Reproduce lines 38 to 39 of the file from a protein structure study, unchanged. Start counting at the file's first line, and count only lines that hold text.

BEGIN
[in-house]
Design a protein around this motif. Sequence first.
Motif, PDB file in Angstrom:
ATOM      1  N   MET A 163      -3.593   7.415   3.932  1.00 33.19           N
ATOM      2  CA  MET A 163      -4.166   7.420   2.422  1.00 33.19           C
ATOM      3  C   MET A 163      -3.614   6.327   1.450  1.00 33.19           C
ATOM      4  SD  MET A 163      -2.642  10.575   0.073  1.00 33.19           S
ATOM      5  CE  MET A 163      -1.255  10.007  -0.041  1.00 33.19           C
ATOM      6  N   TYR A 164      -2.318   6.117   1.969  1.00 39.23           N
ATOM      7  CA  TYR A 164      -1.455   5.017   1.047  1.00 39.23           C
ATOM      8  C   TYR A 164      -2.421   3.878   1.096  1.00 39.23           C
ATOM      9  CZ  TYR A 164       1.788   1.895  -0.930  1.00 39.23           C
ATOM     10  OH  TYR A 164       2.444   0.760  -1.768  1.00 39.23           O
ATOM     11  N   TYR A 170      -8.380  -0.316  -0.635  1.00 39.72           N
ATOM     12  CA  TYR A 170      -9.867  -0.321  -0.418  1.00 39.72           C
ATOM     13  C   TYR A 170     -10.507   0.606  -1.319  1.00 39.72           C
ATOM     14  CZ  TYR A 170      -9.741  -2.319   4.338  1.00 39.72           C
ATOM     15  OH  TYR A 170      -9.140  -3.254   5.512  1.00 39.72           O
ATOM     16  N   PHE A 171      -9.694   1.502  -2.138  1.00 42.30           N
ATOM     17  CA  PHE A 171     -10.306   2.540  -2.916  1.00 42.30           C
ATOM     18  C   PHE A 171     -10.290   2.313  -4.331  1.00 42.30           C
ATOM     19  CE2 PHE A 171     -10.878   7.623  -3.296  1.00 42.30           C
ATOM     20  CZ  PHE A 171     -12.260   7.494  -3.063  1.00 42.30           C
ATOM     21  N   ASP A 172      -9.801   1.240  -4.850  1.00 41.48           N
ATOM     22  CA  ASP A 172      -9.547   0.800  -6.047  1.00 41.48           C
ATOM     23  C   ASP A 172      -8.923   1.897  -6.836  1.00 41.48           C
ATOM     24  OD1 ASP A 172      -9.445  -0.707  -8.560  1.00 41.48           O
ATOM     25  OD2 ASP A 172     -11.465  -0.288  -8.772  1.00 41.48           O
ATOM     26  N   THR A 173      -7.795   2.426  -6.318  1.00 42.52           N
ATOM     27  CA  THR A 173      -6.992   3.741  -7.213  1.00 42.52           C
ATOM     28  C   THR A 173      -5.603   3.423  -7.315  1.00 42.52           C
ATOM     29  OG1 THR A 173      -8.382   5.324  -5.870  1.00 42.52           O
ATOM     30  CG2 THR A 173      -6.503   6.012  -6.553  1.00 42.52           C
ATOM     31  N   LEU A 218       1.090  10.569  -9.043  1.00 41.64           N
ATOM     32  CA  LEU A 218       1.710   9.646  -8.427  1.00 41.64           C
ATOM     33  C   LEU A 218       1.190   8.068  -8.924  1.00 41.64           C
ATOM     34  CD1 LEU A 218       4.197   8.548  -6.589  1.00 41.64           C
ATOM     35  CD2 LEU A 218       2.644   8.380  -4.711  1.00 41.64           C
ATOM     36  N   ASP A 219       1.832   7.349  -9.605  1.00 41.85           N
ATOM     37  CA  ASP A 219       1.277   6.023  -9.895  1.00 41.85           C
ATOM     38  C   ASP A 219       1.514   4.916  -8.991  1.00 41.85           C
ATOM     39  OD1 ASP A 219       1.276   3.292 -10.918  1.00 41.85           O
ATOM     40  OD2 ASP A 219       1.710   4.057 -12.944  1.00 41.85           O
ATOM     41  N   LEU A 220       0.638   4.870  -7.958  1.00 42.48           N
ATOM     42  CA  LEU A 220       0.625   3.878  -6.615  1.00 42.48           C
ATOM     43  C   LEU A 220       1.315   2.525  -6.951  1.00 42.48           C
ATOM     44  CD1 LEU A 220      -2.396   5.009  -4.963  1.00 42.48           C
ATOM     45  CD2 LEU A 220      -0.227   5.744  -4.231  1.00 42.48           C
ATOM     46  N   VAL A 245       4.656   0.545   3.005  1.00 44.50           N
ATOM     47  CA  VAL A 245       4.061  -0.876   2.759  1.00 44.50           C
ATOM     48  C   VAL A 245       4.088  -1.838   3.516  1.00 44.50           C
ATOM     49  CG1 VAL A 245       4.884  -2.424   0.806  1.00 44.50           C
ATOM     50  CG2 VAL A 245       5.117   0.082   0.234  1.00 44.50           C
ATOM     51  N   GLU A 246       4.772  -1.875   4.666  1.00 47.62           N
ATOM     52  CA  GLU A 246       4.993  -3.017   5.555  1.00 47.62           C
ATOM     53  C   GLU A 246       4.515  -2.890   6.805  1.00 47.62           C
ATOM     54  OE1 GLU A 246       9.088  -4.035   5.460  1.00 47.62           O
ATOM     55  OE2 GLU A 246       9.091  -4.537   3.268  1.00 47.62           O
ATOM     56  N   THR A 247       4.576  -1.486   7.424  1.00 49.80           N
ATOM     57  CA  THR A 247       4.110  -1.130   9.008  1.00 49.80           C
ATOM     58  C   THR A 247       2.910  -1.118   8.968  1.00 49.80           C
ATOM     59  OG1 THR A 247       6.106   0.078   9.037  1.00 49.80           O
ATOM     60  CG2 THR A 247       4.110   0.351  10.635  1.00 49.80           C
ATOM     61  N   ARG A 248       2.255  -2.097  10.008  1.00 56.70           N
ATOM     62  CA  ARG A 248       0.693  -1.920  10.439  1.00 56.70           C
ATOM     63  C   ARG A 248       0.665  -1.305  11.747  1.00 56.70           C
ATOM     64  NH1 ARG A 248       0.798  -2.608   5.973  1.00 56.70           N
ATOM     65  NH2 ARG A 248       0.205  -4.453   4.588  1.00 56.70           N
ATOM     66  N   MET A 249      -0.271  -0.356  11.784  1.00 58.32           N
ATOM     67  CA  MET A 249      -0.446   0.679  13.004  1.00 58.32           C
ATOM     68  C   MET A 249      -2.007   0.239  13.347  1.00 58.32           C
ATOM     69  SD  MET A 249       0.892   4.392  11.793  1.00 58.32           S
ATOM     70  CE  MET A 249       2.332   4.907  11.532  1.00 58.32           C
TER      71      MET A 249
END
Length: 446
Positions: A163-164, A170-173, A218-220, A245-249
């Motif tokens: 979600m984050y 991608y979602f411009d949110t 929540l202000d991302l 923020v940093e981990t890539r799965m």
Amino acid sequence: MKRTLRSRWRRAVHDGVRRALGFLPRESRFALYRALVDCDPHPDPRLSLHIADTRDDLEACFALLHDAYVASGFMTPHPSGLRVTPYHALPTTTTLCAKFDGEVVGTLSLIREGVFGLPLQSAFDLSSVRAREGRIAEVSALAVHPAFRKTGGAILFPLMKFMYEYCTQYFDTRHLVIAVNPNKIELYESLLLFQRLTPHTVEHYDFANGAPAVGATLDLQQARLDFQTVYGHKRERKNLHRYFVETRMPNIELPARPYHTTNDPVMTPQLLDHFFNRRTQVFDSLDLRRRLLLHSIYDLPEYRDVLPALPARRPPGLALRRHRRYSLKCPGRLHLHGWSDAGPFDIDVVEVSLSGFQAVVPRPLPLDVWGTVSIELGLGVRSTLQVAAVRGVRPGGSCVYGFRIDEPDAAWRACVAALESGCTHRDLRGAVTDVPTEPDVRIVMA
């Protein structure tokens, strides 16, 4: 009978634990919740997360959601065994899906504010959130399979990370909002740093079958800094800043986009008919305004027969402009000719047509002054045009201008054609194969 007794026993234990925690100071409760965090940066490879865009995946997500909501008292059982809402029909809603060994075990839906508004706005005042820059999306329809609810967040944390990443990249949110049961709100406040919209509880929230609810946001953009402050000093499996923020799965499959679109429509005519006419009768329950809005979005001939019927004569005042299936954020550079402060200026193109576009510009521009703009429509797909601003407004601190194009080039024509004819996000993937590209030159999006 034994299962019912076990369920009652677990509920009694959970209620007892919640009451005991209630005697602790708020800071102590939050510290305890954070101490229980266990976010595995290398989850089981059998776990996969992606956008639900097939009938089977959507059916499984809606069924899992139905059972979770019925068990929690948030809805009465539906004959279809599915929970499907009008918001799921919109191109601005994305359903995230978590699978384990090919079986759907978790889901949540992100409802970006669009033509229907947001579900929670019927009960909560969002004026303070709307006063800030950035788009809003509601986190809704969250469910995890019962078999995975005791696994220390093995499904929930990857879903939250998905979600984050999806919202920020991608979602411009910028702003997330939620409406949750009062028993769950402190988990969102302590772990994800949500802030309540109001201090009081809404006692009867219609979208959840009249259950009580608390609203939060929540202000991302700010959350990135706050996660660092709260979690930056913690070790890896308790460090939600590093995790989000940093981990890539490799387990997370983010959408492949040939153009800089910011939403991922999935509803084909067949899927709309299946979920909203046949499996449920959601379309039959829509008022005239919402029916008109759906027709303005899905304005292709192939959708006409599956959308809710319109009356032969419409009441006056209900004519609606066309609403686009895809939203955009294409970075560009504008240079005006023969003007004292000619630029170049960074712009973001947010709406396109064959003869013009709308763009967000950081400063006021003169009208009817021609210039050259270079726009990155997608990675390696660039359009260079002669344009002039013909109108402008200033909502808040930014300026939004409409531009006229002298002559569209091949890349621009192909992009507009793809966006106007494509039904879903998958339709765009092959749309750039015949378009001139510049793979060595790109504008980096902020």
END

ATOM     35  CD2 LEU A 218       2.644   8.380  -4.711  1.00 41.64           C
ATOM     36  N   ASP A 219       1.832   7.349  -9.605  1.00 41.85           N